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Mar 14 2014

FF: Creative Special Template

Category: Door Closers,Fixed-it FridayLori @ 9:33 am Comments (11)

Here’s a little Fixed-it Friday quiz…what should have been done to avoid the need for this field modification?

Creative Special Template

Photo sent by Scott Barringer of Allegion…special application seen while surveying a school to identify existing problems and suggest solutions.  We can help your facility with this too!  (Email me if you’re not sure who to contact.)

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11 Responses to “FF: Creative Special Template”

  1. Dan Borkowicz, DAHC says:

    Buy shorter doors

  2. Safecrackin Sammy says:

    Mount the closer on the right side of the door…..

  3. Nelson says:

    Assuming the arm is installed and adjusted properly, then the arm attaching screw must be loose, allowing the arm to drop as it opens and closes.

  4. Jack says:

    If it had to be mounted on the pull side a Top Jamb Mount with TJ plate if needed or Parallel mount on push side would be a better choice…..Lastly use LCN ….:P

  5. Jess says:

    for this, make sure the arm is NOT bent and pelase, (one of my pet peeves with closers) INSTALL and tighten the arm screw that holds closer’s arm to the pinion shaft,

    this pic it looks like a severe case of loose or bent arm hitting the top of the door,

    looks like something my friend in HK would show me

    if arm is not bent and the screw is tight, it may be the arm is not th eone supplied with the closer body, (some closers the pinion shaft is higher then the arm thickness at the star punch ( many knockoff brands are like that)

    looks like this one is NOT following the one of the 4 L’s of door closers, which are:

    1. checking for LEAKS

    2.tighten LOOSE screws (body mounts, arm to frame mounts and arm screw!)

    3, LUBRICATE hinges and “elbow” and “wrist” joints of closer arm

    make sure its LEVEL, a closer’s internal rack and pinion mechanism is desgiend to work best when the closer is mounted level on the door (or in the floor if its a floor closer) a closer that is NOT level can wear out prematurely at the pinion shaft needle bearings/seals, and the “elbow” and “wrist joints of the arm, as well as not be as efficient in closing the door effectively compared to one that is mounted level (the proper way)

    in floor closers, one that is not level can cause premature wear in the spindle shaft bearings/seals of the closer and the top pivot as well as can cause loss of control due to how the hydraulics are set up inside the unit (if at a steep angle, door may slam instead of have dampening during sweep and latch ranges of closing

    -Jess the door closer doctor

  6. James Caron, AOC says:

    Luckily this wasn’t an LCN problem (being a Corbin Russwin closer haha). Looks as though this is a narrow face frame (not 2″). If they had installed per the instructions the arm wouldn’t interfere with the top of the door (closer bracket on frame face should be at least 7/8″ up from the stop to centerline, this bracket appears to be almost mounted at the stop). Looks as though the regular arm installation fell to vandalism as well seeing the bend in the arm.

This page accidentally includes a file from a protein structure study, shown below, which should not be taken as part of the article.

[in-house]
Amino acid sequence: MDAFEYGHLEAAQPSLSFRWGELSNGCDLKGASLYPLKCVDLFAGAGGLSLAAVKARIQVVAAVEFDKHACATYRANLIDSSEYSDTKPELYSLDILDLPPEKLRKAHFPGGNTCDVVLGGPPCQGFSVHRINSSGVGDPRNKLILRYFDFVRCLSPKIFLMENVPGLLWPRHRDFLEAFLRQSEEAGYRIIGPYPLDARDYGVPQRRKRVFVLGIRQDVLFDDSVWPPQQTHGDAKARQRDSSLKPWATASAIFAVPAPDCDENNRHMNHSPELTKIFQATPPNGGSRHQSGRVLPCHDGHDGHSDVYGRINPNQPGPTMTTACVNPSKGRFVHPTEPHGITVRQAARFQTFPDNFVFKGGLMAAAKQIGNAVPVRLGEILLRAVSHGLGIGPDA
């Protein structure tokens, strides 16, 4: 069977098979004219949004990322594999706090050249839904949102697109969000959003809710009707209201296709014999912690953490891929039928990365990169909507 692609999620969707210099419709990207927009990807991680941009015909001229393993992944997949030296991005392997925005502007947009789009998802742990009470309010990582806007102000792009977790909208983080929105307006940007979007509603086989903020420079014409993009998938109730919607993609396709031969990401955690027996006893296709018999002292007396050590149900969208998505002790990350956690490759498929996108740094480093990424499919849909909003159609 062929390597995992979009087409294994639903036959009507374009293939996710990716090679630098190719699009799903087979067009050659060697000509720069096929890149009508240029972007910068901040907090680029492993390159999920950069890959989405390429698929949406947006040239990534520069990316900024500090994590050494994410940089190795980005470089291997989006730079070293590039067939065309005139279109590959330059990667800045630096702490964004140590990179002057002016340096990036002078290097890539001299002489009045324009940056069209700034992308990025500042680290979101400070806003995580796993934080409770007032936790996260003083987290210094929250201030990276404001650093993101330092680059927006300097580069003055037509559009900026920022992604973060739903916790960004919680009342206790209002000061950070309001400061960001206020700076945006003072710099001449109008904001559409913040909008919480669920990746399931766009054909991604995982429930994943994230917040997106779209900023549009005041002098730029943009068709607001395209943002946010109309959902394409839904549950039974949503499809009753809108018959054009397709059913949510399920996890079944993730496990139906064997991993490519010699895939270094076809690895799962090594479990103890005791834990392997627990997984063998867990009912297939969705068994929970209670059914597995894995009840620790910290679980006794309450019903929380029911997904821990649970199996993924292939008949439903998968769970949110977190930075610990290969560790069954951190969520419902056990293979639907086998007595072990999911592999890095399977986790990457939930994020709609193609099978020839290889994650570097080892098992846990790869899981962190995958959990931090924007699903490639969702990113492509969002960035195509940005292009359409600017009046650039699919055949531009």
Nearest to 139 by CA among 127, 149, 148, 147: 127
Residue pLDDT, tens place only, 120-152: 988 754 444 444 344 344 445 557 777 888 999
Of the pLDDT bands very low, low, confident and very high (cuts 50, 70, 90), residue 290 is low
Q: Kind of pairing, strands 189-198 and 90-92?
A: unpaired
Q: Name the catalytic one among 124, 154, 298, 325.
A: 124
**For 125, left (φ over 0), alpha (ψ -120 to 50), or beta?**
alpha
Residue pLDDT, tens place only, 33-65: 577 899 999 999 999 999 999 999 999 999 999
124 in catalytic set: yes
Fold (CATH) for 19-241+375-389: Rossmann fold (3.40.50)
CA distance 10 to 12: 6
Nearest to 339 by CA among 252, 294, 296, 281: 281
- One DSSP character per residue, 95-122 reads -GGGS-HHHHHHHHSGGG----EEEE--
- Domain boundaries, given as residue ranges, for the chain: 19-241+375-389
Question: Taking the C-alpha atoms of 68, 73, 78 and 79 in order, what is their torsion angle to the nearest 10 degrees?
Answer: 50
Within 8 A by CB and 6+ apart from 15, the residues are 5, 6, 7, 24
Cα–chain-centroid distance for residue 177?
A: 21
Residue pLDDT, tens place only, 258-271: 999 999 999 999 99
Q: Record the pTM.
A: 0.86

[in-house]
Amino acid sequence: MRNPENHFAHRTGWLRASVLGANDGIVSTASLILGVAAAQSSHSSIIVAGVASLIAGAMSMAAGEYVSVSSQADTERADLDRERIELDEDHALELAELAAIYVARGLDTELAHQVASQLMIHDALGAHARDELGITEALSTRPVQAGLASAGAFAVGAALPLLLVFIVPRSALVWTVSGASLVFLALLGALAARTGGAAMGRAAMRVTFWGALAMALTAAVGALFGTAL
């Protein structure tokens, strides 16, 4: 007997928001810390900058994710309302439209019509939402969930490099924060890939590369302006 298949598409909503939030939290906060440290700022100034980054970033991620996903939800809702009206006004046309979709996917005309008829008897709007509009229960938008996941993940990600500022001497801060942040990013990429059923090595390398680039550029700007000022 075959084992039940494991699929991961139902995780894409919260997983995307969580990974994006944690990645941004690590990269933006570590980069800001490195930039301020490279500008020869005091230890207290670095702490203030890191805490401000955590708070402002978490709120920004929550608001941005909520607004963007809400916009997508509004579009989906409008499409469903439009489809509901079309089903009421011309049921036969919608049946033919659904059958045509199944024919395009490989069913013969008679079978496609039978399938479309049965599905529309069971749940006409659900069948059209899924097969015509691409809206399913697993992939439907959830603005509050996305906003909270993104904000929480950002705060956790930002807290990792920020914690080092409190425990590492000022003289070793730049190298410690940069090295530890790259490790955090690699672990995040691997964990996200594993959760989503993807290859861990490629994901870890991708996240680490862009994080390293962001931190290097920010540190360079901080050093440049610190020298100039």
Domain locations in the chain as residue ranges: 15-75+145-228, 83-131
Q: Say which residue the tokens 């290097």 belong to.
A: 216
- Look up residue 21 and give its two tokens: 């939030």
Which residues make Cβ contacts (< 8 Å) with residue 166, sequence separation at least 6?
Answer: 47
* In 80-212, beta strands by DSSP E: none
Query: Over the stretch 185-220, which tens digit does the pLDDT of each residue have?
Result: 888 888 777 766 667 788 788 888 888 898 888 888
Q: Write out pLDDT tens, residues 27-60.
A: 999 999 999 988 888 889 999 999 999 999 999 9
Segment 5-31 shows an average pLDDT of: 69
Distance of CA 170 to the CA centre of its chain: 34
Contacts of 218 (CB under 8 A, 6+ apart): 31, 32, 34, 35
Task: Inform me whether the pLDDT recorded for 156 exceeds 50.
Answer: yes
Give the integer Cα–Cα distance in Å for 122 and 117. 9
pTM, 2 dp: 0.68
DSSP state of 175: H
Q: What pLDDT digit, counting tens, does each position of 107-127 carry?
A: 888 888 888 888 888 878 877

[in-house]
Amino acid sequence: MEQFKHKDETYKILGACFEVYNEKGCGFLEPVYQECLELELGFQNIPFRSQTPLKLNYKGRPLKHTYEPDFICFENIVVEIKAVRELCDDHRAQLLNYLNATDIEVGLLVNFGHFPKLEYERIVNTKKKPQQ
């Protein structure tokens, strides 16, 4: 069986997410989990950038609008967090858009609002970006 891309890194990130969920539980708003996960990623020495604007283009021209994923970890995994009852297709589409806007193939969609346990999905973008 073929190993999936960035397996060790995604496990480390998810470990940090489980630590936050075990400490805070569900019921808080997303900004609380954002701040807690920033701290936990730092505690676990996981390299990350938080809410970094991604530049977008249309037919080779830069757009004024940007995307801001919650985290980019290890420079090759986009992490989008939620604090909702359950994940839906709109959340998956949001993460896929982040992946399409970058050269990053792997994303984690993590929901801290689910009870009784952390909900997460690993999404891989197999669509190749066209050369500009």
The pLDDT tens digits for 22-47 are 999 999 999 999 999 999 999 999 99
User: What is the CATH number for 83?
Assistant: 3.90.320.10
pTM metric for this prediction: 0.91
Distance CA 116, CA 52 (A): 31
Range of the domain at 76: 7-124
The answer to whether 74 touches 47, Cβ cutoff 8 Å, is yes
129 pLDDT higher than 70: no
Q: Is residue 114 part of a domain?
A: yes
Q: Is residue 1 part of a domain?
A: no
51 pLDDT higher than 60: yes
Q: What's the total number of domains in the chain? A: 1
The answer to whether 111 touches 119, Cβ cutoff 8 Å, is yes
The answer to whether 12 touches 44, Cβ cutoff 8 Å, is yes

7. David Moyer says:

    The door closer may be too low on the door to allow the arm to clear the top of the door, but if the closer was any higher, the sex nuts would interfere with the frame stop. The arm appears to have a “mid-span custom bend”. Is the closer not installed straight? At the far right side of the picture, near the edges, it appears there isn’t enough lift on the arm to clear the door. Looks like a “low overhead” arm. Not sure if this manufacturer commonly supplied arms with low lift. Another cause, as Nelson commented, is the pinion screw being loose and the arm ‘drooping’ as the door is opened or closed. A new arm with greater lift would definitely be my vote.

  8. Chuck says:

    I installed many of that exact model closer for over twenty-five years. As Nelson said, the screw that fastens the arm to the closer spindle may be loose, but I’m betting that the screws that attach the closer mounting plate to the door are loose (or, the screws may be stripped in the door if they foolishly used the wood screws instead of sex bolts).

    When those screws are not properly fastened, the closer will rock, tipping the spindle towards the top of the door, allowing the arm to drop and rub on the top of the door.

    Many people don’t bother to check those screws, because you have to remove the heavy, cast iron closer from the mounting plate to access them.

  9. Chuck says:

    And on a second look I just noticed that the arm shoe is mounted a little too low on the buck.

  10. David Barbaree says:

    We specify push side mount only with EDA (extra duty arm) closers. Students love to use a regular arm mounted on the pull side as a chin up bar.
    It’s a little hard to tell from the picture whether this “field modification” was done intentionally or evolved over time.
    The closer may have also been mounted too low for the arm clearance, but the angle of the cut suggests a bent arm.

  11. Vince Black says:

    Hire a professional?

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